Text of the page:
Sixty Six migrants reach Spain by sea, 70 over fence at Melilla

This article is a translation from a French language Moroccan news site. See the original here:

Comments in square brackets [ ] are from us at No Borders Morocco. This article is clearly not written from a very sympathetic perspective, but nonetheless gives a good update of the situation over the past few months. 

“A total of 66 illegal immigrants aboard makeshift boats, from sub-Saharan Africa, were rescued Saturday in the Strait of Gibraltar, nine of them by the Spanish Relief and 57 Moroccan side, said a spokesman for Spanish maritime rescue.

“Nine men were rescued and Tranportes port of Tarifa and 57 people, including three women on the Moroccan side” of the Strait of Gibraltar,  said the spokesman from Maritime Rescue Tarifa (southern Spain).

Many illegal immigrants [sic – at Beating Borders we prefer the term “human beings”] from sub-Saharan Africa are almost daily trying to reach Spain from Morocco by sea, through the Strait of Gibraltar, or overland across the border with Ceuta and Melilla, in northern Morocco.

These attempts to reach Europe have recently given rise to incidents between migrants and the police, as in April 26 when 70 illegal immigrants were able to cross the mesh barrier separating Morocco from the Spanish enclave of Melilla.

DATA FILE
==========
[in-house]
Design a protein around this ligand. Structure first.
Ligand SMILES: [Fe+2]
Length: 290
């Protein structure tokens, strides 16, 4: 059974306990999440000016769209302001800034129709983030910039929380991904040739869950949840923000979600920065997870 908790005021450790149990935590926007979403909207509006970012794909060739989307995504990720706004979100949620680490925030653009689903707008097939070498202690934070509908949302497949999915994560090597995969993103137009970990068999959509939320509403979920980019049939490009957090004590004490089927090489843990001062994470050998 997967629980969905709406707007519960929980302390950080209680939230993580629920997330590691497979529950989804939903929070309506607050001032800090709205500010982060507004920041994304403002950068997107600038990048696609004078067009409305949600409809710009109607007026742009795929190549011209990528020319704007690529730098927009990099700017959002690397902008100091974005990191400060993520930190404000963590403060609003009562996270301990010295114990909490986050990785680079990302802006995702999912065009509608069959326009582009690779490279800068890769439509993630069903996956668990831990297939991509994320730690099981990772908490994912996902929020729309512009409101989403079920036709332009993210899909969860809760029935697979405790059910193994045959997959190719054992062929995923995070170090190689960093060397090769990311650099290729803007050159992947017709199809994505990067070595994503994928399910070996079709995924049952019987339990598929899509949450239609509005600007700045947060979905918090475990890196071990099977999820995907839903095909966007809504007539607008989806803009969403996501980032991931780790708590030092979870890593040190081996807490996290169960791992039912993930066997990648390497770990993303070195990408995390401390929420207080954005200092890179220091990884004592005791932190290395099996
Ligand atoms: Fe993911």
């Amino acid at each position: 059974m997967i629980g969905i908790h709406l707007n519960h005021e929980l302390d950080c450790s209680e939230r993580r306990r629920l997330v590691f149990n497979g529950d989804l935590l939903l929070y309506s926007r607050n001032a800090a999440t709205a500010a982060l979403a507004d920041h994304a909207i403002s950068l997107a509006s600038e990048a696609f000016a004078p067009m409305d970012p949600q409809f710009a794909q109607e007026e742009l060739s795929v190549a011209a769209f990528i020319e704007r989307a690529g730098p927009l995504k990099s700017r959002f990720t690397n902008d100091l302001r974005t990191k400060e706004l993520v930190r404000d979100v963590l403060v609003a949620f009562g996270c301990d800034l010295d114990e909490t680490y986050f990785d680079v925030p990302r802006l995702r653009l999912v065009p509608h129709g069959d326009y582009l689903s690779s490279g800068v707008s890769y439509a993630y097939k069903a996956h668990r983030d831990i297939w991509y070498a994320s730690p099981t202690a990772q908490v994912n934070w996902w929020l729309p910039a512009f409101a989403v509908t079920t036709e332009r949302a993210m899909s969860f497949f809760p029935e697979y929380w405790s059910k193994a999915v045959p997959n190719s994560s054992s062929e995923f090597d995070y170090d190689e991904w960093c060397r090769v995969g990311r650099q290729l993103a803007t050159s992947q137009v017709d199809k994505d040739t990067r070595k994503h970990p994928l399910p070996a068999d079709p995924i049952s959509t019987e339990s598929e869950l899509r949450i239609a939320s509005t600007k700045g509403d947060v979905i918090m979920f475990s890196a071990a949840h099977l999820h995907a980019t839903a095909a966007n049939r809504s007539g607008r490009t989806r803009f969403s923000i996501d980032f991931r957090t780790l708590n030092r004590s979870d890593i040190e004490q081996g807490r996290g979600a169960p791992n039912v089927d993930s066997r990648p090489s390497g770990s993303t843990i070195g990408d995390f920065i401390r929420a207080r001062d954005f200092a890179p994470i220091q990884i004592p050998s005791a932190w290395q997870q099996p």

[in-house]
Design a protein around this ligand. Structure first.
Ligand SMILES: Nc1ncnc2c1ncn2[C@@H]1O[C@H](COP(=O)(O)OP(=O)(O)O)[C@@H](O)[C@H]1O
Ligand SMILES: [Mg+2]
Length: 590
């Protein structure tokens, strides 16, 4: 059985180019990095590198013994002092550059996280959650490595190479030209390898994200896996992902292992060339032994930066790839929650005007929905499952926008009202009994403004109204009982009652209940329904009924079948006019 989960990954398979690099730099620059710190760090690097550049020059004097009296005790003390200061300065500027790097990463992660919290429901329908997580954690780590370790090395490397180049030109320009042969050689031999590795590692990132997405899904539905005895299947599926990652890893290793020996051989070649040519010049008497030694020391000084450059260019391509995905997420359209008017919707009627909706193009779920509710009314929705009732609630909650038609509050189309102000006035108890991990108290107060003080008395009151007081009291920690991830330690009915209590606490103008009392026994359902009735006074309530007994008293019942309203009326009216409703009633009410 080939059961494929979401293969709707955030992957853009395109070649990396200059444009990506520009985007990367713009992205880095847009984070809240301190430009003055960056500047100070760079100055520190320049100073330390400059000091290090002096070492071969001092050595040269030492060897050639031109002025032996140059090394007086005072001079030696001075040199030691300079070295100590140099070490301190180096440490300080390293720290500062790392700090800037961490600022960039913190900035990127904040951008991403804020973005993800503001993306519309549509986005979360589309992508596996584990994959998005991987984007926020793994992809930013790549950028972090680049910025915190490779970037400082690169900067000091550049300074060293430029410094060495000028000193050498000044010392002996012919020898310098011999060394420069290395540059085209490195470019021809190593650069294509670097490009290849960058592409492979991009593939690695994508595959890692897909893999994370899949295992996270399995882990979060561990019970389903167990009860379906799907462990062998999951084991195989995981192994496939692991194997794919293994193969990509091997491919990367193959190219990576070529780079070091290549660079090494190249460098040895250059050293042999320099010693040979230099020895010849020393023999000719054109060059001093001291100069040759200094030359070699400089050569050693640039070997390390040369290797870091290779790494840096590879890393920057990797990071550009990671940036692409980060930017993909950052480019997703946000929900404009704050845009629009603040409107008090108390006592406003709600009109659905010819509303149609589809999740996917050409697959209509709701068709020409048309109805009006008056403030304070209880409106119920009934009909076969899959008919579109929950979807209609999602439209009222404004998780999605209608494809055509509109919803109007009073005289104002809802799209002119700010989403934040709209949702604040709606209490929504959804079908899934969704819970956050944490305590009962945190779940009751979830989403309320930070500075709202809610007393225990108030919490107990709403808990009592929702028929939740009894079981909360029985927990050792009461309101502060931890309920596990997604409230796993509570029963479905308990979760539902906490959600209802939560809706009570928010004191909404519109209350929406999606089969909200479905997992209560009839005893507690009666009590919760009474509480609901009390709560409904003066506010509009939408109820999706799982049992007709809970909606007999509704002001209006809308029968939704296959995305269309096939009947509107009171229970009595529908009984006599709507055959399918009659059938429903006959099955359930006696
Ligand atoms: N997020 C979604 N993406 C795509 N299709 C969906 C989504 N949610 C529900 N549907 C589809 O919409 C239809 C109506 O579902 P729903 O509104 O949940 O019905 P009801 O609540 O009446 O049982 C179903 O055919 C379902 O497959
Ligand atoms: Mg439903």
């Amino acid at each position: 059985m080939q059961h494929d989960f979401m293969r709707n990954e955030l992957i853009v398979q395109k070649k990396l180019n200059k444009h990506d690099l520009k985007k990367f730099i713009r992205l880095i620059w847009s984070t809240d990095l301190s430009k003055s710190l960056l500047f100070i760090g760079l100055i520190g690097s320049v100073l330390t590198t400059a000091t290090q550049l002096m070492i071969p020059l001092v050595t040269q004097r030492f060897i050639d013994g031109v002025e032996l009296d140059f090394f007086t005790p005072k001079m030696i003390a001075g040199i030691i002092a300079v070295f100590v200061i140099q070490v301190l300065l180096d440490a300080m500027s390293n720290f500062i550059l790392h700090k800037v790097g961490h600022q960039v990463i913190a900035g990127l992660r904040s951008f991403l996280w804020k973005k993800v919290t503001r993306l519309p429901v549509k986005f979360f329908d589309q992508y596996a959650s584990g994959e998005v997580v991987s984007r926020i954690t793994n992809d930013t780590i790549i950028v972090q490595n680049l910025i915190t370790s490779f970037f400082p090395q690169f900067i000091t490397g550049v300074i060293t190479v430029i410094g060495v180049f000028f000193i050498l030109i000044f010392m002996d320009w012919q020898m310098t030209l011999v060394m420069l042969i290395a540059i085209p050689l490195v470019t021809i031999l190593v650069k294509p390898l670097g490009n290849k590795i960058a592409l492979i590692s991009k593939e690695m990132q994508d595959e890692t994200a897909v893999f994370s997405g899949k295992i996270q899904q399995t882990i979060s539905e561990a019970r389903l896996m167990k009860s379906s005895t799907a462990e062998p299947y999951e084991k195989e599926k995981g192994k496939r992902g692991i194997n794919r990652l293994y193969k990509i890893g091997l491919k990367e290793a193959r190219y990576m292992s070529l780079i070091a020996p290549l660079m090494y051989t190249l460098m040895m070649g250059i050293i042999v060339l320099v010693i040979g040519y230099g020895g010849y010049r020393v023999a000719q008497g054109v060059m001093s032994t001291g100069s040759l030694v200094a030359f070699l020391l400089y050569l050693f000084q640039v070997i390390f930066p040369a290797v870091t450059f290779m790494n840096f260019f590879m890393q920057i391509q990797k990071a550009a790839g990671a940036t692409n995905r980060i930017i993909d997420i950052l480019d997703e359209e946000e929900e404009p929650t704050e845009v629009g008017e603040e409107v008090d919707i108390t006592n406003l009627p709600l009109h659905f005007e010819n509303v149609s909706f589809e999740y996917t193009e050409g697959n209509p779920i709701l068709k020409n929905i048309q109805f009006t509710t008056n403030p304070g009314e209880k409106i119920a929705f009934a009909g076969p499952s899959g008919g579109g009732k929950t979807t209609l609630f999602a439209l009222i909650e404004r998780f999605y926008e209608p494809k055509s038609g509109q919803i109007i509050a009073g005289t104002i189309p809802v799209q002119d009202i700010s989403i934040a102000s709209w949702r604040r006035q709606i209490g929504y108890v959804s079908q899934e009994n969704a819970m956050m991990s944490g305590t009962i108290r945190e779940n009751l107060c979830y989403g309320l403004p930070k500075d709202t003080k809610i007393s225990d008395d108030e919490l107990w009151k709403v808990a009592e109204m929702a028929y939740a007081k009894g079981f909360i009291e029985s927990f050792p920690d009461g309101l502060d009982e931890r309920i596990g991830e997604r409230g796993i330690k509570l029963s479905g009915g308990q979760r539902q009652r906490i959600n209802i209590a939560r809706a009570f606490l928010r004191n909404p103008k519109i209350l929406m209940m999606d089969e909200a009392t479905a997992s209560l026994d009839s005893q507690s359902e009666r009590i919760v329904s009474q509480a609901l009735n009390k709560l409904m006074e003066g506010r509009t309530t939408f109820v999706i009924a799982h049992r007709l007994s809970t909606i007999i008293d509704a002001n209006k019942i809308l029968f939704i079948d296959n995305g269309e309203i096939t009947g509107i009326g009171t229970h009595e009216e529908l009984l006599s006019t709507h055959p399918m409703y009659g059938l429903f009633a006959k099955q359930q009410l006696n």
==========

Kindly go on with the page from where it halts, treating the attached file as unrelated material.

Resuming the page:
On April 21, six Spanish police officers were injured, suffering bruises and scratches, wanting to prevent a dozen  sub-Saharan African migrants, armed with sticks and knives according to the police, from entering Melilla by sea from Morocco. [We must point out here that Spanish police are armed with guns carrying live ammunition, and migrants regularly receive much worse injuries than “bruises and scratches”]

On March 11,  fifty migrants from sub-Saharan Africa had managed to cross the fence in Melilla. 25 people were injured, including a 30 year old Cameroonian, who died of his wounds on March 18 at a hospital in Morocco, according to the Moroccan Association for Human Rights []

After a lull in the late 2000s, attempts to cross the border, the nearest way to enter Europe for the many sub-Saharan immigrants in Morocco, had increased during summer 2012.

Mali has been plagued by armed conflict since a March 22, 2012 coup that toppled the regime of President Amadou Toumani Toure and precipitated the north of the country falling into the hands of armed groups associated with Al-Qaeda Islamists, a Franco-African intervention  launched in January has partly driven the main cities of the region. [This is obviously mentioned as an explanation for why attempts to cross the border have increased, but the truth is that most West African countries are facing severe problems right now, not just Mali. French troops have also entered Niger to protect Uranium deposits. Land-grabbing capitalists are forcing poor rural people all over the region to abandon their lands. Almost all countries in West Africa are still suffering the effects of dictatorships and the wars in the 1990s and 2000’s. The region was already one of the poorest in the world before the current global crisis, and they are suffering as a result.]


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